After hearing from counsel, Judge Savell found that Scollan’s proposed testimony was responsive to issues raised by Bostic on cross-examination of P.B. and Deborah Bostic and that the proposed testimony was admissible under Rodriquez. The judge believed that any problems of privilege or undue prejudice could be obviated by limiting Scollan’s testimony to general characteristics of sexually abused children.

Judge Savell also reasoned that any problems arising from lack of prior noticePage 1092
to Bostic could be resolved by postponing Scollan’s testimony until Bostic’s counsel had an opportunity to prepare for cross-examination and by allowing any additional time necessary for Bostic to retain his own expert. Accordingly, the court precluded the state from presenting Scollan until at least the following day, at the conclusion of the state’s case-in-chief. The court directed that Scollan make herself available to speak with Bostic’s counsel after court had recessed for the day. Although Judge Savell indicated his tentative view that Scollan’s testimony would be admissible, either at the conclusion of the state’s case-in-chief or on rebuttal, the judge invited Bostic’s counsel to present, on the following day, any additional objections and arguments against admitting Scollan’s testimony. Judge Savell also made it clear that defense counsel could request additional time to prepare cross-examination or to secure a defense expert.

On the following day, Bostic’s counsel indicated that he had interviewed Scollan and had decided against seeking a defense expert to refute her proposed testimony. Counsel similarly declined to request a continuance. Instead, counsel reiterated his claim of surprise, emphasizing that the prosecution had failed to provide timely notice of Scollan’s proposed testimony. Counsel insisted that he had planned Bostic’s defense on the assumption that the state would not be presenting expert testimony and that, by the time he was informed that the state intended to call Scollan, he had already irrevocably committed himself to the originally-planned defense. According to Bostic’s counsel, by the time the state announced its plans to call Scollan, it was already too late to pursue a different approach. Thus, in counsel’s view, the only viable alternative was to preclude Scollan from testifying or to declare a mistrial.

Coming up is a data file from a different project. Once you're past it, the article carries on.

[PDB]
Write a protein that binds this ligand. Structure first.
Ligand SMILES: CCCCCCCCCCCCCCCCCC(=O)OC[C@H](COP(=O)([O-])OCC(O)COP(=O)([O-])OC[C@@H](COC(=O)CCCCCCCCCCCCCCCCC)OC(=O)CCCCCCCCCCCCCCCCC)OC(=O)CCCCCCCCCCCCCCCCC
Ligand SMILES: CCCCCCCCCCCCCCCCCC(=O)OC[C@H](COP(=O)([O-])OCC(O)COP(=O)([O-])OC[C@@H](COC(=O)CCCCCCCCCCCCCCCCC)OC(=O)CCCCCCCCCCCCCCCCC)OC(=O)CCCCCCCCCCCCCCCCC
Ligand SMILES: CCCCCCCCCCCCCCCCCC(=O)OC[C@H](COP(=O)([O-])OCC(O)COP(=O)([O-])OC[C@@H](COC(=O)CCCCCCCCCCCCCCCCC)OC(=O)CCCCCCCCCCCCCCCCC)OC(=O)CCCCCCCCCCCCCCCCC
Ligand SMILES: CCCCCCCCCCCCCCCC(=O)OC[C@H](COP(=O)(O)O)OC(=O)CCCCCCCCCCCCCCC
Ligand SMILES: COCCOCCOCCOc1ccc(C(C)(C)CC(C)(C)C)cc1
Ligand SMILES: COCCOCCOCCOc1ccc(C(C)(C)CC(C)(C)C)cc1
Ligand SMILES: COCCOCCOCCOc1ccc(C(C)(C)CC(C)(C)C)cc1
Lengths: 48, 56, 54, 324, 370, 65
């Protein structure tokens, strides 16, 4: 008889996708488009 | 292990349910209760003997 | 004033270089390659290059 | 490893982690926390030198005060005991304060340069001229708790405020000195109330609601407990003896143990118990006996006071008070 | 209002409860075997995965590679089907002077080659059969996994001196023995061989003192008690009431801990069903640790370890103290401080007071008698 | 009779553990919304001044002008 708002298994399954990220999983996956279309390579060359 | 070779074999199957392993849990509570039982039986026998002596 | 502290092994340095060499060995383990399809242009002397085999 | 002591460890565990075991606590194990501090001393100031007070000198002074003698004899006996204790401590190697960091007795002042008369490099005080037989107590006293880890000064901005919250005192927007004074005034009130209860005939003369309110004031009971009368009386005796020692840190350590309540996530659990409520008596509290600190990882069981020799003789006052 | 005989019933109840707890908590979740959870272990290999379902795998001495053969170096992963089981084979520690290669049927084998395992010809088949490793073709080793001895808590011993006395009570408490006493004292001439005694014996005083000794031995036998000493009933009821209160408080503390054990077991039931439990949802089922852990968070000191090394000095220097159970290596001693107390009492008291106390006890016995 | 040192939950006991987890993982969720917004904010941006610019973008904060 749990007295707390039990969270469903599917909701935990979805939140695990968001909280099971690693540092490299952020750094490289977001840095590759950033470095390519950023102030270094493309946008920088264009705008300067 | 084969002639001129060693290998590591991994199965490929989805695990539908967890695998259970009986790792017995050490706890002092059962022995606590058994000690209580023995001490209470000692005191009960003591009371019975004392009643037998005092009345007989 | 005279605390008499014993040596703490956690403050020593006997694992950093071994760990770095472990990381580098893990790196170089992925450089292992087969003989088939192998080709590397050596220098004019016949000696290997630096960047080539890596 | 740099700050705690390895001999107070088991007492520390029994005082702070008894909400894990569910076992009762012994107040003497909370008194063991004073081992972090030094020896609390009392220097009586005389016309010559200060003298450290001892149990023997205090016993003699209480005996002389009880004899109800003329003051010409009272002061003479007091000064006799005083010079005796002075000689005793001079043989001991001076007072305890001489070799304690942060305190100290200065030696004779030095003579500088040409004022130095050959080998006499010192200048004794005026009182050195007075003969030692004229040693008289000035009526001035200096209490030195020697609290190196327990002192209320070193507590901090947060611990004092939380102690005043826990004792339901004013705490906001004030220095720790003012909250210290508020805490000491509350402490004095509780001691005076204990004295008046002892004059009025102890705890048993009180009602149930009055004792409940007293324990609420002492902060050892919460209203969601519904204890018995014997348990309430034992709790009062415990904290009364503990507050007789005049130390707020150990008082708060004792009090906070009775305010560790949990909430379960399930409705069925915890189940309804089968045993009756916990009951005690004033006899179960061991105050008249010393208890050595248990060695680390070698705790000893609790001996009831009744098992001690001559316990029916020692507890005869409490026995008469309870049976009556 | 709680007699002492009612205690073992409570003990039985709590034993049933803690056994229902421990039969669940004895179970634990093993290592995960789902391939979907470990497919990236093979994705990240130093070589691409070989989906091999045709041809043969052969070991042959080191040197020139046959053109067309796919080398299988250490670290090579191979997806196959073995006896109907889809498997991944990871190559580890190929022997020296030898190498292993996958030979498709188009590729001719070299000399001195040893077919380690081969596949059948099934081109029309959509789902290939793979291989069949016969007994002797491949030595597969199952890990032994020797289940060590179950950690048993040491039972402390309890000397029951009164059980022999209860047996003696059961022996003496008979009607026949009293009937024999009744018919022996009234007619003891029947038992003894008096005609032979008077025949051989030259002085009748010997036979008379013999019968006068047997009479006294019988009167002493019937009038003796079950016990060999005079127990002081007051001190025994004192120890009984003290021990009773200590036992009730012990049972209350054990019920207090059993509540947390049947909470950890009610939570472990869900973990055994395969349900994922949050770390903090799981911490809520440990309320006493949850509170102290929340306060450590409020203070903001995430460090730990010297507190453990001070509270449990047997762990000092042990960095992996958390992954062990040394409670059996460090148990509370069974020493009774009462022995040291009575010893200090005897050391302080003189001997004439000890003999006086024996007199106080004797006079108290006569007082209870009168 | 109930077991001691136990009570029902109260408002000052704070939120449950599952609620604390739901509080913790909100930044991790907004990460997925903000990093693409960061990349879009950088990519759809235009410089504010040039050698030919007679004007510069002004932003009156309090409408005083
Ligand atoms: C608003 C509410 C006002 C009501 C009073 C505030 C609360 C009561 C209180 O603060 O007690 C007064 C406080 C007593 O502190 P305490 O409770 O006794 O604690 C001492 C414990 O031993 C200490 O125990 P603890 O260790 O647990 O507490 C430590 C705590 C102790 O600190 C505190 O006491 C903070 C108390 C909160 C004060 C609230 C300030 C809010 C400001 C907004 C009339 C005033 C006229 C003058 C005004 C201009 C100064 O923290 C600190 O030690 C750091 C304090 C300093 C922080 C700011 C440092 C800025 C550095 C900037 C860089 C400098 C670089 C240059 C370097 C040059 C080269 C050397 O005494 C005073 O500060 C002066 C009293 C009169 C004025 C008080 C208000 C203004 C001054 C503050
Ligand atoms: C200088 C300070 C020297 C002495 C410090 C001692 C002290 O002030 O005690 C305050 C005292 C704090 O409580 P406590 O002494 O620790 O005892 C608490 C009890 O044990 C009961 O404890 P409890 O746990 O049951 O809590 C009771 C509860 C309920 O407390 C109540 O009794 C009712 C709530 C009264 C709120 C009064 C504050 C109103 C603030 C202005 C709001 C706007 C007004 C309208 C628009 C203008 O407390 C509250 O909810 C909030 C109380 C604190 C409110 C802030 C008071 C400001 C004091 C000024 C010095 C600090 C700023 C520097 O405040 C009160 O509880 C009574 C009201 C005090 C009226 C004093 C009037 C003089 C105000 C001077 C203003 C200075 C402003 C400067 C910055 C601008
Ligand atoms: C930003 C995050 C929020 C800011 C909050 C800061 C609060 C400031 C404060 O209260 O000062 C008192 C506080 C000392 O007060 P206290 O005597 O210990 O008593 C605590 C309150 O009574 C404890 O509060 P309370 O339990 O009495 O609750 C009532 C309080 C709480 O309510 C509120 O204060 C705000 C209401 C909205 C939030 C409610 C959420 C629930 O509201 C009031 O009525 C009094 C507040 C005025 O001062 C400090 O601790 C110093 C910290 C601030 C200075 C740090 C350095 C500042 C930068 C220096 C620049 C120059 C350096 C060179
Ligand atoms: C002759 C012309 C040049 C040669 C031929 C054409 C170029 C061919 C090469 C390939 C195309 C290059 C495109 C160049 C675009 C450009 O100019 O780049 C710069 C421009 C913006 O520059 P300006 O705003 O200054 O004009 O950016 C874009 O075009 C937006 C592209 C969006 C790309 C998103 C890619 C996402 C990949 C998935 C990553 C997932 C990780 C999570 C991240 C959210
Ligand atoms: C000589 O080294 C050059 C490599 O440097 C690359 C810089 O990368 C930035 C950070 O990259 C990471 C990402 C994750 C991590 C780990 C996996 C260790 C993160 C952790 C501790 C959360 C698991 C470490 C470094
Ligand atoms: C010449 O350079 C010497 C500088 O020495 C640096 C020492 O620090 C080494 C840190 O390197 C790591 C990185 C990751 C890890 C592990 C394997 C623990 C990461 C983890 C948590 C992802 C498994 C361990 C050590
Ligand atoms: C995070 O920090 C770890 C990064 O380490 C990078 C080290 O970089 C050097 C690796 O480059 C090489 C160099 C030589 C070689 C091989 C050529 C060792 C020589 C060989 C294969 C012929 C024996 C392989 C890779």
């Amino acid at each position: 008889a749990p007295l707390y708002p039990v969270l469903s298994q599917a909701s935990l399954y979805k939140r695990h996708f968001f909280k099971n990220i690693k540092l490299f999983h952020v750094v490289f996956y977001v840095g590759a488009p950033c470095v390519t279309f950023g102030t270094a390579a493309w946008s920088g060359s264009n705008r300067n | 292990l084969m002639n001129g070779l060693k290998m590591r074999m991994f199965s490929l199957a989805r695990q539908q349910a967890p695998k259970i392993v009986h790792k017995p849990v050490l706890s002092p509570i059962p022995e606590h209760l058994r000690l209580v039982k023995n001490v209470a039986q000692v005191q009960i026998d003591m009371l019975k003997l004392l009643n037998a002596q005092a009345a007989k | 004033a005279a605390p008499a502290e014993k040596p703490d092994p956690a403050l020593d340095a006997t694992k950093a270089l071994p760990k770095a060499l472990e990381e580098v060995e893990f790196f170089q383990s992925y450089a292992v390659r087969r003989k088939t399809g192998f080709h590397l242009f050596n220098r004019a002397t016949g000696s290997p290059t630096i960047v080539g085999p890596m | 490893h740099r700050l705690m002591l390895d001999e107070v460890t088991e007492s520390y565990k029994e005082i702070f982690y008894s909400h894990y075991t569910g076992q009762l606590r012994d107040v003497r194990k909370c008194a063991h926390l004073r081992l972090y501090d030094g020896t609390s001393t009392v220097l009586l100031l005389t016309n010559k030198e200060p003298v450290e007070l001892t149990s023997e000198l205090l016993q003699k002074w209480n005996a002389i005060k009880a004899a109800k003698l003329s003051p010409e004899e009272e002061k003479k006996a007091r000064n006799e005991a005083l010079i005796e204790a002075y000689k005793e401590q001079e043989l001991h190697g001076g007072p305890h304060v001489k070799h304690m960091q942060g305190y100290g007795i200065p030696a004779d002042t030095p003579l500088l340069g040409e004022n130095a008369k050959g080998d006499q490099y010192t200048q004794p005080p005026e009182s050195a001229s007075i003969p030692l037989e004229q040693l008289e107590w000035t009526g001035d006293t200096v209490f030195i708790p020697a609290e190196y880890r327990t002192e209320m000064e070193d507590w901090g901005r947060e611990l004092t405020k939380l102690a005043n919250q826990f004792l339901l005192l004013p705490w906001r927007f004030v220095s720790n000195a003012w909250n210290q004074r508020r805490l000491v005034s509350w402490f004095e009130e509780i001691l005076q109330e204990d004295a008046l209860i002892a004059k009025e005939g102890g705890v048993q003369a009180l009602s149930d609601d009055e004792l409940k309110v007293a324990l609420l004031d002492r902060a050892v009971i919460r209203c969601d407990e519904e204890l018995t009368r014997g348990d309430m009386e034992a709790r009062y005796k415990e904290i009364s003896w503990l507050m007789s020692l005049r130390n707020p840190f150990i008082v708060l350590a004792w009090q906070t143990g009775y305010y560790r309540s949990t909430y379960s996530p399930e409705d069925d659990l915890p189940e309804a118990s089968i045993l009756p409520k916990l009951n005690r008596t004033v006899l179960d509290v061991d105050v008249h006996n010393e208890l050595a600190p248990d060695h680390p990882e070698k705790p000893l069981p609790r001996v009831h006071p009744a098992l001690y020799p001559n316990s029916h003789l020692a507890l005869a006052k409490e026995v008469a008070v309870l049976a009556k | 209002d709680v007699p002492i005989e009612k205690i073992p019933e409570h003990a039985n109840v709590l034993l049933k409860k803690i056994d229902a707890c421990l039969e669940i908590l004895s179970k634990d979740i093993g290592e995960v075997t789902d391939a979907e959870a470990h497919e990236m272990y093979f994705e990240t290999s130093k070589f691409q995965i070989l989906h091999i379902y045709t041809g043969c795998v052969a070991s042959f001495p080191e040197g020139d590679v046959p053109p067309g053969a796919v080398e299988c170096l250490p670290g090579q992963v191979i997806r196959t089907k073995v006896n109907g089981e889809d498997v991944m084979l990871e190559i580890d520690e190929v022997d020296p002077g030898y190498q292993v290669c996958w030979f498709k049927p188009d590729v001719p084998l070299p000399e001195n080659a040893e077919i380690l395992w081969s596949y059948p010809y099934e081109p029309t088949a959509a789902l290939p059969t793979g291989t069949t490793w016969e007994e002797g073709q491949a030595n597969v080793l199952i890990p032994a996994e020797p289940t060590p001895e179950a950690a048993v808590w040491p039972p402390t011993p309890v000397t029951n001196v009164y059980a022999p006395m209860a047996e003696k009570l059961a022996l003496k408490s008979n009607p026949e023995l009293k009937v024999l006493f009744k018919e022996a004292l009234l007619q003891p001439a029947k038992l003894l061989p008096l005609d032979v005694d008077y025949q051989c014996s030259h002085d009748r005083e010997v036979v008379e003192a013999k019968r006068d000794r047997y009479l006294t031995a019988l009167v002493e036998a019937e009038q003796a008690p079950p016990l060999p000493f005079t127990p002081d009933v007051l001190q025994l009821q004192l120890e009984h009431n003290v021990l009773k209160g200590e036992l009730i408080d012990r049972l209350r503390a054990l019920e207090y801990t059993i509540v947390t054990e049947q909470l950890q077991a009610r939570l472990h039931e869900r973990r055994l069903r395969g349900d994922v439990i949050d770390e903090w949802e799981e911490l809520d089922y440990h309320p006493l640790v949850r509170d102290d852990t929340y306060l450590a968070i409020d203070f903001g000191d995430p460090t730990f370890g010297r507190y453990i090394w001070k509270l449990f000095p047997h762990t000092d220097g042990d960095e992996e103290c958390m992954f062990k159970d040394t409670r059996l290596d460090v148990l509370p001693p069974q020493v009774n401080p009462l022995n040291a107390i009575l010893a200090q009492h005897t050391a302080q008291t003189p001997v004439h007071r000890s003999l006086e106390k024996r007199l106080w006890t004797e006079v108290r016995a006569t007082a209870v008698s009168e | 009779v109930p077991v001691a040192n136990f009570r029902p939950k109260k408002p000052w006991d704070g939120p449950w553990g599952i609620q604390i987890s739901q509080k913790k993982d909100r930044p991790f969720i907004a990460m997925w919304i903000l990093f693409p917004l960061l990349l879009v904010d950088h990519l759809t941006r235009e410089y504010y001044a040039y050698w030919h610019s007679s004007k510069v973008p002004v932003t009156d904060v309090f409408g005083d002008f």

Judge Savell declined to grant a mistrial or to preclude Scollan’s testimony, finding no basis for concluding that Bostic had suffered any prejudice that could not be cured by a continuance for additional preparation. The judge restated his conclusion that Scollan’s proposed testimony was a fair response to Bostic’s cross-examination and was within the scope of expert testimony approved by this court in Rodriquez. Accordingly, the judge ruled that the state would be allowed to call Scollan, either in its case-in-chief or on rebuttal. In response to the court’s ruling, the state withdrew Scollan as a witness in its case-in-chief and indicated that it would rely on her only as a rebuttal witness. The state then rested its case-in-chief.

Bostic proceeded to present his defense, electing to testify in his own behalf. Thereafter, Scollan was called by the state on rebuttal and testified over Bostic’s continuing objection.[fn2]
In the course of her testimony, Scollan referred at one point to a remark that P.B. had made in her testimony. Based on Scollan’s reference to P.B., Bostic requested a mistrial. The court denied this request. At the conclusion of the case, the jury found BosticPage 1093
guilty, as charged, of two counts of sexual abuse of a minor in the second degree.

On appeal, Bostic renews his contention that it was error to allow Scollan to testify. His principal argument, as it was below, is that the state failed to provide him with notice of its intent to rely on Scollan or with discovery concerning the nature of Scollan’s proposed testimony.